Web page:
The prevailing dry weather conditions attributed to the El Niño crisis has parched much of the soil and grass in vast locations across the country.
Fire Chief Marlon Gentle
Chief Fire Officer Marlon Gentle in an interview with this publication on Monday said the Guyana Fire Service has been battling between 60 and 70 bush fires per week. Gentle noted that most of fires stemmed from land clearing and he is calling for a halt to “indiscriminate” burning.
“People got to stop lighting these fires indiscriminately; most of them are people using the fire to clear lands. Much of this is happening in new housing areas or housing areas where they got a lot of cattle grazing lands, they using the fires to burn out the dry bushes,” the Fire Chief explained.
He further observed that the Fire Service has undertaken numerous awareness programmes to curb these activities but surmised the occurrences as “traditional”.
“We weary doing programmes, this is a traditional thing… [It’s occurring in] Regions Two, Three, Four, Five, Six—everywhere,” noted the Fire Chief.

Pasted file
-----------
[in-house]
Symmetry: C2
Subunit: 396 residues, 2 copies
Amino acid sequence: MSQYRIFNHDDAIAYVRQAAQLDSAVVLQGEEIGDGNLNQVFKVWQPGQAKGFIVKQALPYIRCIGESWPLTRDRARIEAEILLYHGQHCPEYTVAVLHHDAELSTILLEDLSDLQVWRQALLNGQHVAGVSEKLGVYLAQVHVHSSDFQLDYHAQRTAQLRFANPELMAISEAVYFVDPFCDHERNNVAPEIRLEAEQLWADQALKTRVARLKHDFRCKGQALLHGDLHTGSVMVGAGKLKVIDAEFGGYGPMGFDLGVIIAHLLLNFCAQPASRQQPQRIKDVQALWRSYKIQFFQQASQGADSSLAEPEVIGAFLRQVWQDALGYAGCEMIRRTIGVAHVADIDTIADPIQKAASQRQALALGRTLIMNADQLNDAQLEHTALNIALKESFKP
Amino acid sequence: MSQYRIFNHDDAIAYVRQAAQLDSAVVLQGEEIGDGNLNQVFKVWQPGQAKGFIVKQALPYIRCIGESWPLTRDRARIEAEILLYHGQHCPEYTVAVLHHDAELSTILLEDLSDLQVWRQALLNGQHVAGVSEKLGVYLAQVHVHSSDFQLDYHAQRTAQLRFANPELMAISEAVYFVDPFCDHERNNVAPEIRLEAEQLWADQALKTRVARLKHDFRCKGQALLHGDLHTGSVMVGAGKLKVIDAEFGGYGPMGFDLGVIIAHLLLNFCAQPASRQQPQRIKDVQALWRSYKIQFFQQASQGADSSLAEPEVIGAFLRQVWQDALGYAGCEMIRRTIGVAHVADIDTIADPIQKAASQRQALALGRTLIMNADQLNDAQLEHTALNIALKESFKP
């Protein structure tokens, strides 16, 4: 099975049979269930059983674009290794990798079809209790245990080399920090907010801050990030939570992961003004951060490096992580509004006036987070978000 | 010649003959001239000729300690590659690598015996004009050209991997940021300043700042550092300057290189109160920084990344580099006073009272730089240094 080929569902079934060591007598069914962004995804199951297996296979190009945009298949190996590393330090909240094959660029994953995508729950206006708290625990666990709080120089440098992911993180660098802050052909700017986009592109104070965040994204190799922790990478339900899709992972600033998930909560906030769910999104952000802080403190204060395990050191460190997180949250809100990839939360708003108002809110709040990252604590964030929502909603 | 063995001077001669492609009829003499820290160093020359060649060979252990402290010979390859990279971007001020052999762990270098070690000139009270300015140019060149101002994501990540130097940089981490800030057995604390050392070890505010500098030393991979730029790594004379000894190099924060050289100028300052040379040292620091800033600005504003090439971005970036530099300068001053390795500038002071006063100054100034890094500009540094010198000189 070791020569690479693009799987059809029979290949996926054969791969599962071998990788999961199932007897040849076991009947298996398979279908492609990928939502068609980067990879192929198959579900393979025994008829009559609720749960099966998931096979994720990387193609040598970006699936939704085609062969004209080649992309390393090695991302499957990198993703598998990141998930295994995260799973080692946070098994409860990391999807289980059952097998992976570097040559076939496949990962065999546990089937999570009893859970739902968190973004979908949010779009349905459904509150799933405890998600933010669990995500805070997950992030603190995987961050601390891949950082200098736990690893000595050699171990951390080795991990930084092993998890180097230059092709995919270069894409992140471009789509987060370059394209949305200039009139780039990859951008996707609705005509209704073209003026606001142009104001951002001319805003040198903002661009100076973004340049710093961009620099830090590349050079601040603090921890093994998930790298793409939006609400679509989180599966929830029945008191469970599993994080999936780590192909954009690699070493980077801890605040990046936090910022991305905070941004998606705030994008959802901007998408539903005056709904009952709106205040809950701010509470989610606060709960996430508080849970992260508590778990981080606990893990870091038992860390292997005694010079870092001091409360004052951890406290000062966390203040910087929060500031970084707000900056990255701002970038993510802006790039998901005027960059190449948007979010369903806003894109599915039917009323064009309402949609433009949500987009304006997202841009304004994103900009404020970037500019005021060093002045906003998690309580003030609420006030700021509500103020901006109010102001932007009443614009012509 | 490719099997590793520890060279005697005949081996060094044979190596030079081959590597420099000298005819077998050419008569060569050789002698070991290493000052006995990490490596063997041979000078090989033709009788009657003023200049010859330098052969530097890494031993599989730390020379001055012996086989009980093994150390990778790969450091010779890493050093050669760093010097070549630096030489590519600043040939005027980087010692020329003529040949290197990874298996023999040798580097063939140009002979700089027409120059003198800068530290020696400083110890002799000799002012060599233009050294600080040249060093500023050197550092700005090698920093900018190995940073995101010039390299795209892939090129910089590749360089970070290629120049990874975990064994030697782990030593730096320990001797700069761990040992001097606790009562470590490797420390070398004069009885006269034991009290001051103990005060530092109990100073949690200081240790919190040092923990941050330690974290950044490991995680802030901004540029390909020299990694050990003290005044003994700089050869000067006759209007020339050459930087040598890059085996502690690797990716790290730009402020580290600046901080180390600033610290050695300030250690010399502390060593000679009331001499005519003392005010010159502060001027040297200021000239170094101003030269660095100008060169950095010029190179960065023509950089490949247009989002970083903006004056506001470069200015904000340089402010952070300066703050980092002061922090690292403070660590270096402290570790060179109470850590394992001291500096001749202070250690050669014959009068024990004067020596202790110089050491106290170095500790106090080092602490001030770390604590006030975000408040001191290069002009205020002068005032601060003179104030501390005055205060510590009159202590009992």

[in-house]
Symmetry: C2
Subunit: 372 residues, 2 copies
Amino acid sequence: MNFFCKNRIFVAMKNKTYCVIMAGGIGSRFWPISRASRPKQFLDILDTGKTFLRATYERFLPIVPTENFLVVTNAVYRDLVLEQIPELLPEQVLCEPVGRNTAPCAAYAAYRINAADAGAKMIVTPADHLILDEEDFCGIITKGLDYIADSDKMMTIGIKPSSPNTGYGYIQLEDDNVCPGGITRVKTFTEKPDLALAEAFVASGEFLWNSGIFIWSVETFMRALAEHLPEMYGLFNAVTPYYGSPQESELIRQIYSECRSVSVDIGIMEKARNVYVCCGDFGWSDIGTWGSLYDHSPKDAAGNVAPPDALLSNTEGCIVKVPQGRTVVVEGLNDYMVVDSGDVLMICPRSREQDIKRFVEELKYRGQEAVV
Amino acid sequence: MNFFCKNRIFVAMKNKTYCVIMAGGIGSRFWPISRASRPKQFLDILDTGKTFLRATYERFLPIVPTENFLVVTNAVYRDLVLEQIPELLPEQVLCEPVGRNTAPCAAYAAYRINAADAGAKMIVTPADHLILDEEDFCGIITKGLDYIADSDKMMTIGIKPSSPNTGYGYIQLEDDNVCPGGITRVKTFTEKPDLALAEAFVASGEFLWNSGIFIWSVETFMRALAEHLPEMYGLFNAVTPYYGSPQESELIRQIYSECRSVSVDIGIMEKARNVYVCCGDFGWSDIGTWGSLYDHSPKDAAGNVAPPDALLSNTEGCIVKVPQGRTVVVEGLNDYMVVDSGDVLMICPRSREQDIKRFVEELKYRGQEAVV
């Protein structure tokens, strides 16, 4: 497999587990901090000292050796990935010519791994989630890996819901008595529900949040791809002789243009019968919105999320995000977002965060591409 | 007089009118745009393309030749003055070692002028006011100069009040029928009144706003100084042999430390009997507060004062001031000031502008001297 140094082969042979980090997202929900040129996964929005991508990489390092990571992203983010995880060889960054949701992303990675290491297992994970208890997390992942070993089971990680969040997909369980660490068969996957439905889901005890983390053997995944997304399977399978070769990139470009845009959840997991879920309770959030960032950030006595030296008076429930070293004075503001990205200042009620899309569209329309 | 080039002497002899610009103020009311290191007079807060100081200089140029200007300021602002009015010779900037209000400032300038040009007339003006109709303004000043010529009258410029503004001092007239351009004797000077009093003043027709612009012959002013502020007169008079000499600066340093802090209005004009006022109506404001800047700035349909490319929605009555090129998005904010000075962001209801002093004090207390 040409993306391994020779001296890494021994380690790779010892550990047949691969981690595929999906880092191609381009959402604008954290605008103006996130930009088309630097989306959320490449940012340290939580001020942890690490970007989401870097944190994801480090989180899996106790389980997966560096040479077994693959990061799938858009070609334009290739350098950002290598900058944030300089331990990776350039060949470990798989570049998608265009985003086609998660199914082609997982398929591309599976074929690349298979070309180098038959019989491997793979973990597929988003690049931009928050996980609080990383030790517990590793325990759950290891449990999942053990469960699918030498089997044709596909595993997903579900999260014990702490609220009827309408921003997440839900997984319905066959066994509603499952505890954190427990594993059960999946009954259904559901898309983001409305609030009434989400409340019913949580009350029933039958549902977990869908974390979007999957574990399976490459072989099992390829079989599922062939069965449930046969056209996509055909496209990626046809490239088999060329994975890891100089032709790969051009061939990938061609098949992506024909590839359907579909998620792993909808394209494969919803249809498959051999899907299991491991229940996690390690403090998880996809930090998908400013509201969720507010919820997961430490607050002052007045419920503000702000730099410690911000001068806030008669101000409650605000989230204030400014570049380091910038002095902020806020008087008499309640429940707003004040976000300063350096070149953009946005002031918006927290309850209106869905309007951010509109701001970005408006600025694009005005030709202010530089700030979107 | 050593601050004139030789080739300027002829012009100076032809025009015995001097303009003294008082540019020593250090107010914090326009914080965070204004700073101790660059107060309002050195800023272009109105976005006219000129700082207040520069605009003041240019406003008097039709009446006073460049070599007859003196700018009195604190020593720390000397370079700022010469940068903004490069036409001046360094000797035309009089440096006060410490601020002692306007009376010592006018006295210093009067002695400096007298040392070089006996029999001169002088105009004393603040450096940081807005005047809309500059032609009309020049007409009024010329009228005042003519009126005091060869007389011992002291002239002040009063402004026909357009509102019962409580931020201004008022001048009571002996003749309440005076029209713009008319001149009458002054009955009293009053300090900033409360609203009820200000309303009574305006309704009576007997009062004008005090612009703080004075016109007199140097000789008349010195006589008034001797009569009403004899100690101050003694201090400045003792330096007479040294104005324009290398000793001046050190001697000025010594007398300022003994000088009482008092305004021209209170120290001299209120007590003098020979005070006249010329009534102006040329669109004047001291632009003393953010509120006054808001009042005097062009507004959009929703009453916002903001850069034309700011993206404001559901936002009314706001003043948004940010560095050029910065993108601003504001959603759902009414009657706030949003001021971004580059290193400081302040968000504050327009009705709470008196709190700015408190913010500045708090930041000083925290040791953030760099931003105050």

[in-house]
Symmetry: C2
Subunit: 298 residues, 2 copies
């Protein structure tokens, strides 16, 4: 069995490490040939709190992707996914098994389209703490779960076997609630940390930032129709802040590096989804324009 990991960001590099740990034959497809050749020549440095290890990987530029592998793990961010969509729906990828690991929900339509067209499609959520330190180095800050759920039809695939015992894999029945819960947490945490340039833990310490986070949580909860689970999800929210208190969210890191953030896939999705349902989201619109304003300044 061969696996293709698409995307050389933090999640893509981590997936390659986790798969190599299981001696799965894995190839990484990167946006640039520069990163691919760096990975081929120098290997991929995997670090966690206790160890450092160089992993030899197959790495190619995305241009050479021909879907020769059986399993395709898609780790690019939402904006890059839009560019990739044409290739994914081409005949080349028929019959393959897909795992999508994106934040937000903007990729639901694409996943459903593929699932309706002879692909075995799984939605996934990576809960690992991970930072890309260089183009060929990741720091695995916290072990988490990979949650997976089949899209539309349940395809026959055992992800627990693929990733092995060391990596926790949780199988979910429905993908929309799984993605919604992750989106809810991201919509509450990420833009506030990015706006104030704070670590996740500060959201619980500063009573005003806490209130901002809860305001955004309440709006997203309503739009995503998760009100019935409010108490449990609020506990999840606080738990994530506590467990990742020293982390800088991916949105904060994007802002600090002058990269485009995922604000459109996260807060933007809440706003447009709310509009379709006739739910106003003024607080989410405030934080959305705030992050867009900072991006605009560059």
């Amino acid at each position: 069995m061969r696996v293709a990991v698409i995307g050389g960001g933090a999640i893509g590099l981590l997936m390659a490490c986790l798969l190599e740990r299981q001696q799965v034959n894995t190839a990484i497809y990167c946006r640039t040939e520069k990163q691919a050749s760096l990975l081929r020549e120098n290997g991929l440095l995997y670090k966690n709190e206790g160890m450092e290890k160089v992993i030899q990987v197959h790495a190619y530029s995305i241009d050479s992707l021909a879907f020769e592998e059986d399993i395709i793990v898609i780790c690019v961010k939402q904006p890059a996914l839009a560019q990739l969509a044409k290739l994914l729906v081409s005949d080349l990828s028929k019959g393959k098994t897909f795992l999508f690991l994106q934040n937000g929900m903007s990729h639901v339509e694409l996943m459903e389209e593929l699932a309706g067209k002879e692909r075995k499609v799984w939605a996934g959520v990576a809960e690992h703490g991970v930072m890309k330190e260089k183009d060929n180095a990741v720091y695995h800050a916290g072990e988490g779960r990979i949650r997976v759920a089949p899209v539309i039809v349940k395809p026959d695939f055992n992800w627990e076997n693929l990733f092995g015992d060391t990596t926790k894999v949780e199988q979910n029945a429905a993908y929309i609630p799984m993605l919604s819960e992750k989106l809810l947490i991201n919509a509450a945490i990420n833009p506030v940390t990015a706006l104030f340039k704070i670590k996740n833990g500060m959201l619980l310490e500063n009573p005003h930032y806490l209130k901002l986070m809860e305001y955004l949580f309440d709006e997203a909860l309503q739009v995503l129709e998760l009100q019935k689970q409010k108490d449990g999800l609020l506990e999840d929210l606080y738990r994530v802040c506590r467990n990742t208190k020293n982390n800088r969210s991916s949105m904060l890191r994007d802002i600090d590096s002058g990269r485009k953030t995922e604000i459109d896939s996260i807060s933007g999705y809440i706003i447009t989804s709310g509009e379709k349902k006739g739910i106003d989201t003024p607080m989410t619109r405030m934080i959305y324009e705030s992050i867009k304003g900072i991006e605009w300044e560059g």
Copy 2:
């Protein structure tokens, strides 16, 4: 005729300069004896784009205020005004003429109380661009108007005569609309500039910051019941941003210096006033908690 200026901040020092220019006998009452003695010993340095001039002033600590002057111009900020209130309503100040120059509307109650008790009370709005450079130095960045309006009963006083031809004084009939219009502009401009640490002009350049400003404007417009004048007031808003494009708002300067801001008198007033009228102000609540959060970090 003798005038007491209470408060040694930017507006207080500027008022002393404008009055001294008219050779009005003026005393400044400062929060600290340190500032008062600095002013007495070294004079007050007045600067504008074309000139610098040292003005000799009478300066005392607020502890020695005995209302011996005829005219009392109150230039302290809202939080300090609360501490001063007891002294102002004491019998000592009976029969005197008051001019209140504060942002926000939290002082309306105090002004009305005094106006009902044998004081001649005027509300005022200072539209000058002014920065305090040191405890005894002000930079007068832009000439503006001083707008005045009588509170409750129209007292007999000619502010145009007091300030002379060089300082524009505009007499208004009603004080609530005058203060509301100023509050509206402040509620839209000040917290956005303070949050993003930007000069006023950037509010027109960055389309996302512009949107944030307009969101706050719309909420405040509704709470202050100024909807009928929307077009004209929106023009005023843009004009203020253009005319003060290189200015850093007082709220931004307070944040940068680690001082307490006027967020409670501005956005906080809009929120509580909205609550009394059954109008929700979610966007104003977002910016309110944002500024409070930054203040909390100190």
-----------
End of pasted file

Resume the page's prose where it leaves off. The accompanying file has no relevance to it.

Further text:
“People have to be aware that when they are lighting these fires, there’s a cost to it… most times it going into people’s premises or sometimes [it] threatens infrastructure like bridges, culverts, land poles,” emphasised Gentle.
“Ninety per cent of the fires we engage are brush fires,” he pointed out.
He noted that the recent incident at Coverden, East Bank Demerara on Thursday stemmed from organic soil being ignited but observed that not all of the occurrences are of a “natural” origin.
On Sunday evening, fire ranks from Georgetown and Leonora were able to extinguish a brush fire at Versailles, West Bank Demerara which threatened the nearby Aracari Hotel & Resort.